Fauxmance in the City (Love Charades #1) Read Online Brooke Stanton

Categories Genre: Romance Tags Authors: Series: Love Charades Series by Brooke Stanton

Total pages in book: 66
Estimated words: 62725 (not accurate)
Estimated Reading Time in minutes: 314(@200wpm)___ 251(@250wpm)___ 209(@300wpm)

She made a career out of lies. He’s a player ready to settle down. Can they fake it till they make it into each other’s arms?
Catie Bloom dreads being found out as a hot mess. So when the high-profile domestic goddess’s supposedly perfect life is scheduled for a TV special, she’s desperate to hide the slovenly reality while she scrambles to learn to cook and find a studly pretend hubby. With her future on the line, she reluctantly accepts the office playboy’s lifeline to help her look the part…
Sportswriter Sam Harding buries authenticity behind his breezy charm. Though he knows Catie’s secret, he’s frustrated when his lady’s man reputation gets in the way of catching the one woman who holds his heart. So when he discovers her goose could be cooked, he jumps at the chance to be her stand-in.
As Catie struggles with burned offerings, her growing attraction to Sam sets off a grease fire—in the kitchen and in her pants. While Sam worries the flash fire of passion they’ve ignited will fizzle before he can prove his love is real. Can Sam move from bogus husband to the real deal before their love is flambéed?



My entire career is made up of lies.

Not little lies. Big, fat explosive lies. It wasn’t meant to be this way. Of course, it wasn’t. I’m not a psycho.

It started innocently—little white puffs of misdirection and half-truths. But now here I am on the set of the biggest morning show in the nation—Good Day USA—dishing out my lies to millions of people.

The studio lights are hot and bright, blinding me for a moment. It reminds me that we’re about to go live. Once my eyes adjust, I scan my notecards. My heart flutters, but it’s only a whisper of the pounding timpani that thundered in my chest the first time I appeared on Good Day almost a year ago.

“Do you need a bottle of water?” Karen, the executive producer, calls from the darkness.

“I’m fine,” I say.

I have my notes, my experience, and my secret weapon—my sister Natalie. She’s standing by in the wings in case I falter.

Mandy from hair and makeup comes at me with a powder brush. Looking me over, she starts to pull my mocha-brown hair in front of my shoulders, then smooths it down.

“Don’t touch,” she gently scolds. Last month, I ran my fingers through my hair and got my oversized turquoise ring tangled in my tresses, forcing me to do the entire segment with my hand cupping the right side of my head.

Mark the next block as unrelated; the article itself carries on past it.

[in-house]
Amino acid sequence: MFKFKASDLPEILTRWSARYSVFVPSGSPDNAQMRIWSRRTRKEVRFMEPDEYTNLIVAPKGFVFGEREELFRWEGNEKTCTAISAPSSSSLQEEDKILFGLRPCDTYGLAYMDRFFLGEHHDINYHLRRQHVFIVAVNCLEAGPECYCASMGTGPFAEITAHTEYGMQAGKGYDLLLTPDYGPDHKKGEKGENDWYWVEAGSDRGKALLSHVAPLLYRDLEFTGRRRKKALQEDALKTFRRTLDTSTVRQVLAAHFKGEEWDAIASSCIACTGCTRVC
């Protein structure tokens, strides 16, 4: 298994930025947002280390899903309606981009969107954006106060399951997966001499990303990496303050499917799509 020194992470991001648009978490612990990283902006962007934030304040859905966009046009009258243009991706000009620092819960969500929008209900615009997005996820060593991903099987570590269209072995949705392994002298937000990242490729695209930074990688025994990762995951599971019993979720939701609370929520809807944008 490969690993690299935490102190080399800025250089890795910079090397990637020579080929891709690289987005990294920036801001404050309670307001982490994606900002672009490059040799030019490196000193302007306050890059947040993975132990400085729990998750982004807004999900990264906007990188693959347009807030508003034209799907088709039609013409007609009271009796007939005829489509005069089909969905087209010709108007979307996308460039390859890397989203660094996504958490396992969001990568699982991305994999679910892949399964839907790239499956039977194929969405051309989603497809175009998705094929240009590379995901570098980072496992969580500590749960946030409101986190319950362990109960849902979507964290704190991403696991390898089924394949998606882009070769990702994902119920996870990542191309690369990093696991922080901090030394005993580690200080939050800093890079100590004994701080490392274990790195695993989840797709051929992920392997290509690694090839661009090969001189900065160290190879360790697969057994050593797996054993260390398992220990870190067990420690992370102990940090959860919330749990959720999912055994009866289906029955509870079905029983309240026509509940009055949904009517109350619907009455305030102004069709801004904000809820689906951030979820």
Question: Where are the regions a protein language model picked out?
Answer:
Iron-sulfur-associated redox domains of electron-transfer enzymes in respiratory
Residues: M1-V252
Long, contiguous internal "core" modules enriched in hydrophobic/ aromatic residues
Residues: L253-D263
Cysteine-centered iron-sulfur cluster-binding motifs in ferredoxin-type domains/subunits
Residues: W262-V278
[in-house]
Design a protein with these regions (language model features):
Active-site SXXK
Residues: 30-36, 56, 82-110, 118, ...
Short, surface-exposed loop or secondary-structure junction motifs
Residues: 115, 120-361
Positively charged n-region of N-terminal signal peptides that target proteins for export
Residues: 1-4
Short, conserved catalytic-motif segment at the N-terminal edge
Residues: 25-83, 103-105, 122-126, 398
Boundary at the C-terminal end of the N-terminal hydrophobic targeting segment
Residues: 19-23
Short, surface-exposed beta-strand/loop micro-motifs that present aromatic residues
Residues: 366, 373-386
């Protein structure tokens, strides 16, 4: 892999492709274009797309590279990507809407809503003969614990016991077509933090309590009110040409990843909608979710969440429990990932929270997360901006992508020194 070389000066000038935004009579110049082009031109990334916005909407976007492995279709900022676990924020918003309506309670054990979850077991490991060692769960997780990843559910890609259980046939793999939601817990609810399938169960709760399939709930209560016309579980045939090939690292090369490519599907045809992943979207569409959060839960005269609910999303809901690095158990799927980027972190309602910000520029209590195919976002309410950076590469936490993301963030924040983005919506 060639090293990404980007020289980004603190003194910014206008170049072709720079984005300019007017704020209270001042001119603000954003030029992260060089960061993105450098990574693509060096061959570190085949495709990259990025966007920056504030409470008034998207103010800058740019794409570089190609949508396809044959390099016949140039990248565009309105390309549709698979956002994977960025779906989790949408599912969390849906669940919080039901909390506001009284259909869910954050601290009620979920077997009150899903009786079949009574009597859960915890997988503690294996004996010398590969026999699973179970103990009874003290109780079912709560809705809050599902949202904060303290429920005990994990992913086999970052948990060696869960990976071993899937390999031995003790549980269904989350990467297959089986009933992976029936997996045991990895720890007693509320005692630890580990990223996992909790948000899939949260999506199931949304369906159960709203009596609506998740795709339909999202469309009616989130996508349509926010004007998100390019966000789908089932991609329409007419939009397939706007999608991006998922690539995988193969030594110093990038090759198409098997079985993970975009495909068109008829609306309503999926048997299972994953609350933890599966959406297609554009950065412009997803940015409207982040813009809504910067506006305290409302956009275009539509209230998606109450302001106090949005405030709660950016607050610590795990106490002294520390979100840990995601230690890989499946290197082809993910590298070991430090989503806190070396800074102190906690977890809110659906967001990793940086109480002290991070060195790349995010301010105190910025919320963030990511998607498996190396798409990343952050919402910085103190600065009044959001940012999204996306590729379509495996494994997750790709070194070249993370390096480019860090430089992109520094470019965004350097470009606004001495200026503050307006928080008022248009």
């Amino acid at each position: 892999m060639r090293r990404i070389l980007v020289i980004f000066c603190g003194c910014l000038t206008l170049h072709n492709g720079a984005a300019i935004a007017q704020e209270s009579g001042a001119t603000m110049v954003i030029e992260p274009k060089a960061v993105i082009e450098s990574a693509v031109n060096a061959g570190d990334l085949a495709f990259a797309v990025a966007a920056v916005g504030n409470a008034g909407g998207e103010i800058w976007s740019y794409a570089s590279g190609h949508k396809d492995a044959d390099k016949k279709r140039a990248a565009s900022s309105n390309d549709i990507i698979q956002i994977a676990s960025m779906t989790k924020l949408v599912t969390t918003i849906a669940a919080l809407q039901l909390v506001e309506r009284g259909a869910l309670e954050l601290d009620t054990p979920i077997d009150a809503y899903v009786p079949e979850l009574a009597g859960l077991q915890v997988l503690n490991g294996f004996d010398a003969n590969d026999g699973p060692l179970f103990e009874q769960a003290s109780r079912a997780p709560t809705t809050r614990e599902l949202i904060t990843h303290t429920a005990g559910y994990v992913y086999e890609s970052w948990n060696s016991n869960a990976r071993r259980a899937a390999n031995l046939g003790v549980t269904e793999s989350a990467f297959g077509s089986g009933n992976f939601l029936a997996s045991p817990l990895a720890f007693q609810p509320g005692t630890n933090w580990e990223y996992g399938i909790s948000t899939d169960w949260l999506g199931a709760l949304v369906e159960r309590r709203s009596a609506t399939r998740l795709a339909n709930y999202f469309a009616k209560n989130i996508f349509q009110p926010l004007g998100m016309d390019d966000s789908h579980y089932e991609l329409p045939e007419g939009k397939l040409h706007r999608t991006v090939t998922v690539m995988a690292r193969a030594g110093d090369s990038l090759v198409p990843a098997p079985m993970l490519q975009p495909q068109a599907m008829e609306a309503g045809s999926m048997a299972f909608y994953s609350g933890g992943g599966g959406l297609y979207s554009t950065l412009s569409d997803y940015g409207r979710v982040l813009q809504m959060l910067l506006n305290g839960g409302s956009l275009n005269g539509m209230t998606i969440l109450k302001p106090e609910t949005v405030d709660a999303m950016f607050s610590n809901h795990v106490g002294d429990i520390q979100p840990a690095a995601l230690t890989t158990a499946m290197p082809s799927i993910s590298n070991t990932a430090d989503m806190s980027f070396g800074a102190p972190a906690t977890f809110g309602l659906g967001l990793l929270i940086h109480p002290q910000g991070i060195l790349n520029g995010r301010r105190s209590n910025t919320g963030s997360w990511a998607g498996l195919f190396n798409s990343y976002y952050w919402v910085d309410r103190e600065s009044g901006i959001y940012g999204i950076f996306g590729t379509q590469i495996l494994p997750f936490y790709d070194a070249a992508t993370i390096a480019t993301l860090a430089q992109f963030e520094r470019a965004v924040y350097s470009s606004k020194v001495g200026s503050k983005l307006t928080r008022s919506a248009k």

There’s a scurry of movement as Holly Jenkins, the co-host of Good Day USA, leaves the living room set and joins me on the kitchen set where I stand behind the industrial metal counter. After reviewing her notes, Holly surveys the prepped ingredients in front of us: sliced beets and onions, walnuts, arugula, goat cheese, a halved orange, honey mustard, and a caddy with extra-virgin olive oil, salt, and pepper.

“Back in three.” Karen emerges from the black abyss beyond the lights, then pulls Holly aside for a quick chat.

Squinting, I search beyond the cameras for Natalie. This is an easy recipe—only a salad—but if Natalie isn’t nearby, my anxiety rises to Everest proportions. Holly is back at my side as the red light of camera two flicks on. Frantically, I glance around the studio. Where the hell is Natalie?

“Welcome back,” Holly says to the camera, her hair, makeup, and couture perfect. “Joining me in the kitchen today is our favorite domestic goddess, Catelyn Bloom from Simply Chic magazine. She’s here to show us the trick to making a gourmet salad in fifteen minutes.” Holly turns her dazzling smile on me.

“Right, uh…” I glance at my cards. I’ve done these cooking segments a dozen times, but always with Natalie in my line of vision, coaching me along. “Today, we’re making goat cheese and roasted beet salad.”

“Looks delicious.” Holly beams. “But there are a lot of ingredients laid out. How do you manage to make it in fifteen minutes? What’s the trick?”

“It’s easier than you think. First…”

Oh, shit. The trick just up and ghosted me. What is it?

My stomach clenches. This is live TV. There is no cut and do-over.

Natalie’s face appears to the right of the camera. She motions to the beets. Holding back a loud exhale, I fix my smile firmly in place.

Oh, right—beets.

“Instead of buying fresh beets—which take ages to boil and make your hands look like Lady Macbeth’s—buy canned beets. And instead of an entire onion—which you have to peel and cut and makes you cry off your mascara, giving you Panda- eyes—buy presliced onions in the produce section. Then quickly slice the beets, place both the beets and onions on a roasting pan”—which I do—“drizzle with olive oil and salt and pepper, then stick them in the oven at three-fifty for ten minutes.”